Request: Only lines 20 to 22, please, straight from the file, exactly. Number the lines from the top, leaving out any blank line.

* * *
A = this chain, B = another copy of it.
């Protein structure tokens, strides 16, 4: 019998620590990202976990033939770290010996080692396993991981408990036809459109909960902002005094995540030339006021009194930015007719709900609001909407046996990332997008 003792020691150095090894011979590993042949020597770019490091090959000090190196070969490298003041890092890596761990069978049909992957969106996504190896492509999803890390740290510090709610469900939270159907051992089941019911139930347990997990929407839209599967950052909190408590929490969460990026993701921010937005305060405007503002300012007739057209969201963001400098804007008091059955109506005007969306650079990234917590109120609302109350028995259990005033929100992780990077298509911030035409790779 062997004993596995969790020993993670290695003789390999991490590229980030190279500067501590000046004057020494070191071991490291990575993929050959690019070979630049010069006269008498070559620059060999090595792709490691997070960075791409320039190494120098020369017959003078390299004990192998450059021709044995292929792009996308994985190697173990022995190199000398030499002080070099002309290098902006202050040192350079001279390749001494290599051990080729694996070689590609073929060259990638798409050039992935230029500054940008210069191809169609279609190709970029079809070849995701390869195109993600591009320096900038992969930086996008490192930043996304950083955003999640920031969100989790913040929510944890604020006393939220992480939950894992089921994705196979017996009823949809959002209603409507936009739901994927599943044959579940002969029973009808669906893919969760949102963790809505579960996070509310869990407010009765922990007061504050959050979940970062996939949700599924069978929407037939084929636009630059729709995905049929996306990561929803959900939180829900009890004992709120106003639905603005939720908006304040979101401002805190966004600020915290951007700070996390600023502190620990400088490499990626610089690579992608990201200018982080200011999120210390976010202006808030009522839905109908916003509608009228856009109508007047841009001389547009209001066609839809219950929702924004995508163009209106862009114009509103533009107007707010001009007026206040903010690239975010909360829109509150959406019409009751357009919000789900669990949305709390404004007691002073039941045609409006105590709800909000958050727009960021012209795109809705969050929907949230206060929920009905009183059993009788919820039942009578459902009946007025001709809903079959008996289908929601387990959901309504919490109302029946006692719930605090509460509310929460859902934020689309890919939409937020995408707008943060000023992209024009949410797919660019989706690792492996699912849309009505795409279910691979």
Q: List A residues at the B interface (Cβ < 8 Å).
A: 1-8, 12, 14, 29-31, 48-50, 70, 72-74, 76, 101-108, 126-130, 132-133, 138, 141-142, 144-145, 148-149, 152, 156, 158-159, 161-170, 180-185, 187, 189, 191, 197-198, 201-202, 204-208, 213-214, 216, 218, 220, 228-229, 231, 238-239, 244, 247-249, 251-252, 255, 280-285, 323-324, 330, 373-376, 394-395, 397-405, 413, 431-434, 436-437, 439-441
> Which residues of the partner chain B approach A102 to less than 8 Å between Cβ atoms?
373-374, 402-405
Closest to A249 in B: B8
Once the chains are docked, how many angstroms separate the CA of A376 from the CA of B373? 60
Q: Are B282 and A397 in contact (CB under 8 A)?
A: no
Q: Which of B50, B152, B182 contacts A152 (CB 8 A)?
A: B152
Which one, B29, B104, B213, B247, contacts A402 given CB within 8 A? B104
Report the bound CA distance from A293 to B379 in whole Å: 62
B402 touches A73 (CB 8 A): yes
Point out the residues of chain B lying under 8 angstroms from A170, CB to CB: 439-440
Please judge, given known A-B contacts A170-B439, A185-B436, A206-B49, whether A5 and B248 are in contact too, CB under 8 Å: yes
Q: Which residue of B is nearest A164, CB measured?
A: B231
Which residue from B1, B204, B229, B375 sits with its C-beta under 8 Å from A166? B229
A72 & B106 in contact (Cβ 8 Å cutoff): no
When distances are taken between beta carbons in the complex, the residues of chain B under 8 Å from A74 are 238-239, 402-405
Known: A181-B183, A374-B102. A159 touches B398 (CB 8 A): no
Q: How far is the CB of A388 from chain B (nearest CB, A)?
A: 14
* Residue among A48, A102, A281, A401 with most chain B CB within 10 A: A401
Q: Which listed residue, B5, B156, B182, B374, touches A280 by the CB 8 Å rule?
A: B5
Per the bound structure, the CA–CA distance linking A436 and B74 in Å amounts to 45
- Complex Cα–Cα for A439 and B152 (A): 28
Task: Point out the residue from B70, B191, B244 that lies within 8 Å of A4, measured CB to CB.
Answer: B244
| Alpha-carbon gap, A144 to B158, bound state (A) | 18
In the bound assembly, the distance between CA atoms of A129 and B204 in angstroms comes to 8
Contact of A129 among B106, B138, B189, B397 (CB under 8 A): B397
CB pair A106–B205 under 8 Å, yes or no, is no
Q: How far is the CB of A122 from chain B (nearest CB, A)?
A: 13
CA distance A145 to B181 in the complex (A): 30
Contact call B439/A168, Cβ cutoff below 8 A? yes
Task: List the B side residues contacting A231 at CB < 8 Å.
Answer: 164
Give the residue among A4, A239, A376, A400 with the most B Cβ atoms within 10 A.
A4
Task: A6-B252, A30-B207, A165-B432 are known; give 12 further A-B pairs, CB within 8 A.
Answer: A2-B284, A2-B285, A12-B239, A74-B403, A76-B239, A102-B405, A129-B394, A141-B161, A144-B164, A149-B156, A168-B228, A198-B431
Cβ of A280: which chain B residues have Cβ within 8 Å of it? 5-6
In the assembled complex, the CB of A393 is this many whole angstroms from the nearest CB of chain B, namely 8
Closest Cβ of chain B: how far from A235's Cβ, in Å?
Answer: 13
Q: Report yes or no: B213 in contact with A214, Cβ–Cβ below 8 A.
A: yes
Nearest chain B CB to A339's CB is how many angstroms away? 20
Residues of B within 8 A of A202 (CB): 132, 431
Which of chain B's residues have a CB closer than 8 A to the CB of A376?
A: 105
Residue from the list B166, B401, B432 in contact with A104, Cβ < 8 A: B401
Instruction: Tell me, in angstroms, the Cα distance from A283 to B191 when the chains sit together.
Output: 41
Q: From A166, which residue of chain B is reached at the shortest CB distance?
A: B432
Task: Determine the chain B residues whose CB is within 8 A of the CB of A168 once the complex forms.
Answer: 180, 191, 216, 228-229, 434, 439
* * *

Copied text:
Which residue from B1, B204, B229, B375 sits with its C-beta under 8 Å from A166? B229
A72 & B106 in contact (Cβ 8 Å cutoff): no
When distances are taken between beta carbons in the complex, the residues of chain B under 8 Å from A74 are 238-239, 402-405